A Presidential Ally Helps, But Parents Still Need More
Despite all the public political images that surround a president, it is his family image that often remains indelibly fixed in public memory. First families hold a strong appeal. Knowing this, presidents have carefully cultivated an image as the Good Father, the head of a loving and close-knit family.
Now it is President Clinton's turn to parlay that private role into a public-service ad campaign portraying him as a concerned, hard-working father. Created by the nonprofit Ad Council in conjunction with the Coalition for America's Children, the ads, debuting this week, are designed to garner support for parents.
Under a photo of the Clintons with daughter Chelsea, Mr. Clinton says, "The toughest job in the world isn't being President. It's being a parent." Citing drugs, crime, and "other problems" facing families, he explains that parenthood "is a job none of us can do alone."
In his role as First Dad, Clinton doesn't mention that fund-raising for being a parent can be harder than fund-raising for being president. It's a rough financial trail, even before those $100,000 college bills come due.
But money can still rank below some of the "other problems" parents face, among them less time, more responsibility, and not enough respect.
Consider the time crunch. Because of growing concerns about safety and crime, children are increasingly less likely to walk or ride bicycles when they want to go somewhere. In a new study from the Institute of Health in London, researchers report that between 1985 and 1992, the average distance British children under 15 walked in a year fell 20 percent, from 247 miles to 197 miles. The average distance they bicycled fell 25 percent, from 38 miles to 28 miles. The distance they traveled by car increased an average of 40 percent.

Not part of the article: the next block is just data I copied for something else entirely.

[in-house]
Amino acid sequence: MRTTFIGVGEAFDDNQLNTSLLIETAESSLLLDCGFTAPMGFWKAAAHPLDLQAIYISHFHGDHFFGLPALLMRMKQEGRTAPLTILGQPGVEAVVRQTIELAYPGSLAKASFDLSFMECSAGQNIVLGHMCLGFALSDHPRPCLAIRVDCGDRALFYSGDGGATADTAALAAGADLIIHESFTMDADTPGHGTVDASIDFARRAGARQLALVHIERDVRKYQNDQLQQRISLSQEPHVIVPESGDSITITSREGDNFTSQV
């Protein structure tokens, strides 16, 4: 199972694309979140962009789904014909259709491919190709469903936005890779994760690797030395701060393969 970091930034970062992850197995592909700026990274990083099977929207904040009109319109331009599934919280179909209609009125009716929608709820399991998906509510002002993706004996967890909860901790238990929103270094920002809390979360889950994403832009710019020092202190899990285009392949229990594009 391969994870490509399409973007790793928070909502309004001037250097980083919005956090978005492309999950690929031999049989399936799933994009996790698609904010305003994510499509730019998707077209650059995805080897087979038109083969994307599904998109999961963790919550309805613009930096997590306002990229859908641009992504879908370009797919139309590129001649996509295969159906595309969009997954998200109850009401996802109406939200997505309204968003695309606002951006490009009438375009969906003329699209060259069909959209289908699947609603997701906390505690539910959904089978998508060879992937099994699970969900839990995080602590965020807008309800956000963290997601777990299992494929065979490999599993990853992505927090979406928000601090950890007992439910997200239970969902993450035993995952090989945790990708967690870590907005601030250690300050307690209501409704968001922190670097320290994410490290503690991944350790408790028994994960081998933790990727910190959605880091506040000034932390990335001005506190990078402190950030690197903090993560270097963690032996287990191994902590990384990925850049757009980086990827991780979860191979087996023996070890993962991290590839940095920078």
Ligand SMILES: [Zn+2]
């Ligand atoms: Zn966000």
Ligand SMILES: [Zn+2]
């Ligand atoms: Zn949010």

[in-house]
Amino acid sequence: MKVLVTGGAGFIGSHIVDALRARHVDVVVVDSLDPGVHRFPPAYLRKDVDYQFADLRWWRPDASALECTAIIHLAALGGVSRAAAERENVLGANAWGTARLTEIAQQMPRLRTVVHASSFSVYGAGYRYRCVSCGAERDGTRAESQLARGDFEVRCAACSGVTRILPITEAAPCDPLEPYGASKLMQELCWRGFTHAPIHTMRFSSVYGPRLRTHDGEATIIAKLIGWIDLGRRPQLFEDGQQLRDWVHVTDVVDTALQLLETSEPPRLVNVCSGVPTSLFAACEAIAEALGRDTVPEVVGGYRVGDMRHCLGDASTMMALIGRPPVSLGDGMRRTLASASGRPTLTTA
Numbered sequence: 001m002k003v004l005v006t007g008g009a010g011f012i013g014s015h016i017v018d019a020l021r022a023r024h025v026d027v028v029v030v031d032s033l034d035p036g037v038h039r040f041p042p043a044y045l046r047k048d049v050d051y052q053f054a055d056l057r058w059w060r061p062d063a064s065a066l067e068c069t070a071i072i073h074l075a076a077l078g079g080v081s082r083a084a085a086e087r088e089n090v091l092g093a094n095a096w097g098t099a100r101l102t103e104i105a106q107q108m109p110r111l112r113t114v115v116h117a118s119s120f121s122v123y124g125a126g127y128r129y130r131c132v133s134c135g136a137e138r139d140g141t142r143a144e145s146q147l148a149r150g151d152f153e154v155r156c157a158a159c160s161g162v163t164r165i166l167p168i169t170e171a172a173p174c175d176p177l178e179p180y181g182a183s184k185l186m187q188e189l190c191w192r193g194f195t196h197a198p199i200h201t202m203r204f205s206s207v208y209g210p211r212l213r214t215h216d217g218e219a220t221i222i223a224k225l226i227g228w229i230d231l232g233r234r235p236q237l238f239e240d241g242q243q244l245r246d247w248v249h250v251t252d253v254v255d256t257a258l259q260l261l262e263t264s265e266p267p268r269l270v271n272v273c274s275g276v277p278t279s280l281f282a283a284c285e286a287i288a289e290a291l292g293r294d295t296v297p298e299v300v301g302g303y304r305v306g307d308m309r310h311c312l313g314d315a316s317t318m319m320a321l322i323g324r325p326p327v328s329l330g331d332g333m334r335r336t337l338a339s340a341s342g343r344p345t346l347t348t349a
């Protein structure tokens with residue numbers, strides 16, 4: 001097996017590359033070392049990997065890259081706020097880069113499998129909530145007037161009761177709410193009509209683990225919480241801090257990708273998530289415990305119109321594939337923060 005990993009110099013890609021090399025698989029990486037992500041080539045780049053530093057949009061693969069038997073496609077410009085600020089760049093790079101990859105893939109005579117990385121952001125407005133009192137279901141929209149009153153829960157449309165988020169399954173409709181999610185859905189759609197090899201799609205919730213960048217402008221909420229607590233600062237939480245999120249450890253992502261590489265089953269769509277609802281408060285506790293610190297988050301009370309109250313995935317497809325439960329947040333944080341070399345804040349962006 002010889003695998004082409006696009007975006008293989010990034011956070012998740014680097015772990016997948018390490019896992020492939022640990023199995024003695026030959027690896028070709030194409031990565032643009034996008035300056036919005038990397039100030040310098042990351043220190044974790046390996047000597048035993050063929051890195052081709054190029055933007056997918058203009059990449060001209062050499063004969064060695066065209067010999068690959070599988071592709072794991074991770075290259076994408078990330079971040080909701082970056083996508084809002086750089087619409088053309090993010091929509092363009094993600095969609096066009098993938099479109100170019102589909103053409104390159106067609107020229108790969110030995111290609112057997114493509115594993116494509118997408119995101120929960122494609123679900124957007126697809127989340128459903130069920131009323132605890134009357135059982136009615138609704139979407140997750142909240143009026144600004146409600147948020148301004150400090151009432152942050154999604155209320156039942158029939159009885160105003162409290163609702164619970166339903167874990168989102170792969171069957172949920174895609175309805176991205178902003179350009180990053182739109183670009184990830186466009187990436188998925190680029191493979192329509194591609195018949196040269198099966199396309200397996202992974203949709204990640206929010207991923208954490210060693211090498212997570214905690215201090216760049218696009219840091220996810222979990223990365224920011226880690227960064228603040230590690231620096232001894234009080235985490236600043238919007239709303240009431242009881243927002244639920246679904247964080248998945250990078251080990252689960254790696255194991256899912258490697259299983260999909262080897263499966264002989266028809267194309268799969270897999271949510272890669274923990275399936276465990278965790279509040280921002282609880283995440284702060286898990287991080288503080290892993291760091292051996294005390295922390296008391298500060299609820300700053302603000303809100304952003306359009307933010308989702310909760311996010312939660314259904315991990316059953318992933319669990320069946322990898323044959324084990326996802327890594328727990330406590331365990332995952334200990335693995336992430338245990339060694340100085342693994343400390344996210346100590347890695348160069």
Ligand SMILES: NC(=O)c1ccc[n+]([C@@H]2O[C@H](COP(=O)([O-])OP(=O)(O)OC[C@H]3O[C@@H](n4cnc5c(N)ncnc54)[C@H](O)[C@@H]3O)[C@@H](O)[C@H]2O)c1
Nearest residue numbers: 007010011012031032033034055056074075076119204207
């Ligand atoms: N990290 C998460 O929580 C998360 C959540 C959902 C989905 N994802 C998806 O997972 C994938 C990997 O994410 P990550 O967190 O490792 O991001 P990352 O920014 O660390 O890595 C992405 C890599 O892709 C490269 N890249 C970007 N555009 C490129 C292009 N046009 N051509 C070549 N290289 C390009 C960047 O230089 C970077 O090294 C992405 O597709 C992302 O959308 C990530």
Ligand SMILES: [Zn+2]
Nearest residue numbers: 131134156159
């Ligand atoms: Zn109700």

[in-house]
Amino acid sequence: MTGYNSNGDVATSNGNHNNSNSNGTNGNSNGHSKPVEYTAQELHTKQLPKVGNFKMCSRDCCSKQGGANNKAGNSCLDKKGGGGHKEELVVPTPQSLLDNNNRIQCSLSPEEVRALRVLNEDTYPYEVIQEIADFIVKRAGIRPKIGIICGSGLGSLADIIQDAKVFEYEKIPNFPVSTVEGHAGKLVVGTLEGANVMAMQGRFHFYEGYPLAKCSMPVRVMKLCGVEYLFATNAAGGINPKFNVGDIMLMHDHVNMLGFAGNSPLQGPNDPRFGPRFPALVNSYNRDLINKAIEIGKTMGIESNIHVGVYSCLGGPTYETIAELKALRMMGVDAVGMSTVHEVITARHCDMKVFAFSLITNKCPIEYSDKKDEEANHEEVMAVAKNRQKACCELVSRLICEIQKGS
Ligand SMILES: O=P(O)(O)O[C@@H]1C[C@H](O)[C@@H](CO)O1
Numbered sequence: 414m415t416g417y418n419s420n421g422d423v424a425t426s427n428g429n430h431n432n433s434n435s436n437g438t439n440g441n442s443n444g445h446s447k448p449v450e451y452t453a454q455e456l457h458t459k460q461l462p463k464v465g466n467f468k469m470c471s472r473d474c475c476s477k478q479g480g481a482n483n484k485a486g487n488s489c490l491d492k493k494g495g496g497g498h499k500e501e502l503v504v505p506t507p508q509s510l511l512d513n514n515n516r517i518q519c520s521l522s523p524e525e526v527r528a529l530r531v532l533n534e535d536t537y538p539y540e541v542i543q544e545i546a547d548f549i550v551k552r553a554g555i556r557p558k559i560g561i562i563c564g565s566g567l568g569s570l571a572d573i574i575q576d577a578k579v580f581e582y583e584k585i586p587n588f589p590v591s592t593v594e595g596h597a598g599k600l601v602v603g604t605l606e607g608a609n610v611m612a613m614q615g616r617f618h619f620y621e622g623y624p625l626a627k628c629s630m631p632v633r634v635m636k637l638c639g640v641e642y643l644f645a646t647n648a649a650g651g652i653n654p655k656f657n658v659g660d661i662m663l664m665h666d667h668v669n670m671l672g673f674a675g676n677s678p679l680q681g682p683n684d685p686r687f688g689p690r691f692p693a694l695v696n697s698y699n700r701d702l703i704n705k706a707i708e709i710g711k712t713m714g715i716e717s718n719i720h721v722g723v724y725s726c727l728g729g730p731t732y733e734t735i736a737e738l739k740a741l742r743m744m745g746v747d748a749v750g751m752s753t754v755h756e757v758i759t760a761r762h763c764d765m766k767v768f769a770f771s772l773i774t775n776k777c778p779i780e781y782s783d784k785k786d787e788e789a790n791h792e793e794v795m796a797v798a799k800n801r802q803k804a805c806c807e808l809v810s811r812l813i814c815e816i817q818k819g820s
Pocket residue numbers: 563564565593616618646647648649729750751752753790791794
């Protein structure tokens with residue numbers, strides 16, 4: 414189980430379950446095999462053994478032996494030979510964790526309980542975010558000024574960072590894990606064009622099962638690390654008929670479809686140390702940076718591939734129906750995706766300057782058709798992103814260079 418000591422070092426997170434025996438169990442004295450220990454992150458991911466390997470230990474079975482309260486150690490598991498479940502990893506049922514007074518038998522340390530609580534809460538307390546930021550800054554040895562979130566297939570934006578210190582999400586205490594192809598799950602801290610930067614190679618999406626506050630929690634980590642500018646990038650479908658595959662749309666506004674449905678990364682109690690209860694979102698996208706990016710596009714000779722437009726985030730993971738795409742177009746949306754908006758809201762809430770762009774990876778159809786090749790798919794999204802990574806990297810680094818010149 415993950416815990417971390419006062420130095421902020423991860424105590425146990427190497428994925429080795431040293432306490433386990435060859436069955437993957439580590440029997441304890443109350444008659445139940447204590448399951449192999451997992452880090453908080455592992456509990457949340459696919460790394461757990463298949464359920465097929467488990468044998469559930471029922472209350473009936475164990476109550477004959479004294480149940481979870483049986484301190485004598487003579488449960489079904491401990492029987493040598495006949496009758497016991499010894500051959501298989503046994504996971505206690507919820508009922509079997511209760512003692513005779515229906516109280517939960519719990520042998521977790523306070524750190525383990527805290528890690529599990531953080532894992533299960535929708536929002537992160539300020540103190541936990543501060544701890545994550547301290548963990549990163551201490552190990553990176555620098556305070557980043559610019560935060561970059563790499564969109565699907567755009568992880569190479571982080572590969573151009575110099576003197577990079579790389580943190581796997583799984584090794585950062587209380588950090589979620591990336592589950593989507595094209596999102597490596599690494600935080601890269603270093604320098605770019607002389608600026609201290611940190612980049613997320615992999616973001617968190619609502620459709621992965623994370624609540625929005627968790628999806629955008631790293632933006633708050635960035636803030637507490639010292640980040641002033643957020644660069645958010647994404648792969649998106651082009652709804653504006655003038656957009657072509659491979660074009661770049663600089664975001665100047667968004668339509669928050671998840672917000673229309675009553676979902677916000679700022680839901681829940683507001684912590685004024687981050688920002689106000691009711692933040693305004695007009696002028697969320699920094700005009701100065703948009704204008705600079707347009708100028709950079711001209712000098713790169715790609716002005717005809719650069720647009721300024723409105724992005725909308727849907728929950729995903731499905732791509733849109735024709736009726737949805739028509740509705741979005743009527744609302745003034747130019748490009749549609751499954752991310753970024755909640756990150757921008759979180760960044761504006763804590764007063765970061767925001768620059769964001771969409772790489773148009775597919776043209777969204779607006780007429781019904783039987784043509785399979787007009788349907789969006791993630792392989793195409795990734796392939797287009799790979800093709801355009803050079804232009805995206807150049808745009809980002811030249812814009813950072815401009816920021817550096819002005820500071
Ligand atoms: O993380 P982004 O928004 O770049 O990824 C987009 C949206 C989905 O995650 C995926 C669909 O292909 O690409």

Who's driving all those cars? Most likely, their parents. Yet the role of parent-as-chauffeur conflicts mightily with that other essential role, parent-as-breadwinner. Despite corporate pieties about policies that support families, workers who take time off for children's needs can be invisibly branded with a scarlet P for parenthood - in particular an M for motherhood - and quietly taken off the promotion list.
Still, that doesn't mean that parents who stay home are any more highly regarded. For all the lip service to family values, the old dinner-party question, "What do you do?" often demands a corporate title as a correct response. Full-time parents can identify with Rodney Dangerfield: They don't get no respect either.
For errant parents, public attitudes are growing even more intolerant. Fathers who fail to pay child support? Label them all deadbeat dads, whatever their situation, and lock 'em up. Mothers who use drugs while they're pregnant? Throw them in jail too, while you're at it.
Even for law-abiding parents, responsibility involves increasing legal threats. Parents who once might have fretted about small, private incidents - paying for a neighbor's window broken by a wayward baseball - now face the prospect of public punishment and fines if children disobey city curfews or, in the case of welfare recipients, if children skip school.
By all accounts Clinton, whatever his failings as a president, is the devoted father he portrays himself to be. Parents can do far worse than to have him as their ally, even when, as in this case, his advocacy is criticized by some opponents as being more about politics than public service. But what parents most need is something even a caring First Dad cannot give.
Yes, he can argue for tax codes that don't include marriage penalties, for tax breaks on college tuition, and for kinder, gentler laws that don't unnecessarily punish already beleaguered families. But he can't legislate respect or redesign clocks to include more family time. Accomplishing that will require more than a bully pulpit, however compassionate.